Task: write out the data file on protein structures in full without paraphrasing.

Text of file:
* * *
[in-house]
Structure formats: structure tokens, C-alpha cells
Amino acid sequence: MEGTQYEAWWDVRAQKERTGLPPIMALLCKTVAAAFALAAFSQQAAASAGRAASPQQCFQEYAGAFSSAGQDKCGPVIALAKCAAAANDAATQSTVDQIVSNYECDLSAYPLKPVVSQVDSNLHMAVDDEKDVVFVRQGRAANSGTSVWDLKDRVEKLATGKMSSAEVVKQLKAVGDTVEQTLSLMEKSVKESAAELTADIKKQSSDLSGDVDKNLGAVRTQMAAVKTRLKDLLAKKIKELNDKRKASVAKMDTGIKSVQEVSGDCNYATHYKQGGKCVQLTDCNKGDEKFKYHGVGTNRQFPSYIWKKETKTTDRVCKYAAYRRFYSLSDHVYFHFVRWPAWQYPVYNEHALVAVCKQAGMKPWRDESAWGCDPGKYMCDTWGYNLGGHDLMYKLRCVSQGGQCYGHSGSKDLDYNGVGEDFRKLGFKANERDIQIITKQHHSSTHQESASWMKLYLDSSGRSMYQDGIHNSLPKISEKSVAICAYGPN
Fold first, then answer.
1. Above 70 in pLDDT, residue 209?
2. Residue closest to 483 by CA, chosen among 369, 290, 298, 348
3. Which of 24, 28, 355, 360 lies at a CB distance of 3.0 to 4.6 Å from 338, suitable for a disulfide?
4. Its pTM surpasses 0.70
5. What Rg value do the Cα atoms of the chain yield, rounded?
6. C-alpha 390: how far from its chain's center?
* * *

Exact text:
[in-house]
Structure formats: structure tokens, C-alpha cells
Amino acid sequence: MEGTQYEAWWDVRAQKERTGLPPIMALLCKTVAAAFALAAFSQQAAASAGRAASPQQCFQEYAGAFSSAGQDKCGPVIALAKCAAAANDAATQSTVDQIVSNYECDLSAYPLKPVVSQVDSNLHMAVDDEKDVVFVRQGRAANSGTSVWDLKDRVEKLATGKMSSAEVVKQLKAVGDTVEQTLSLMEKSVKESAAELTADIKKQSSDLSGDVDKNLGAVRTQMAAVKTRLKDLLAKKIKELNDKRKASVAKMDTGIKSVQEVSGDCNYATHYKQGGKCVQLTDCNKGDEKFKYHGVGTNRQFPSYIWKKETKTTDRVCKYAAYRRFYSLSDHVYFHFVRWPAWQYPVYNEHALVAVCKQAGMKPWRDESAWGCDPGKYMCDTWGYNLGGHDLMYKLRCVSQGGQCYGHSGSKDLDYNGVGEDFRKLGFKANERDIQIITKQHHSSTHQESASWMKLYLDSSGRSMYQDGIHNSLPKISEKSVAICAYGPN
Fold first, then answer.
1. Above 70 in pLDDT, residue 209?
2. Residue closest to 483 by CA, chosen among 369, 290, 298, 348
3. Which of 24, 28, 355, 360 lies at a CB distance of 3.0 to 4.6 Å from 338, suitable for a disulfide?
4. Its pTM surpasses 0.70
5. What Rg value do the Cα atoms of the chain yield, rounded?
6. C-alpha 390: how far from its chain's center?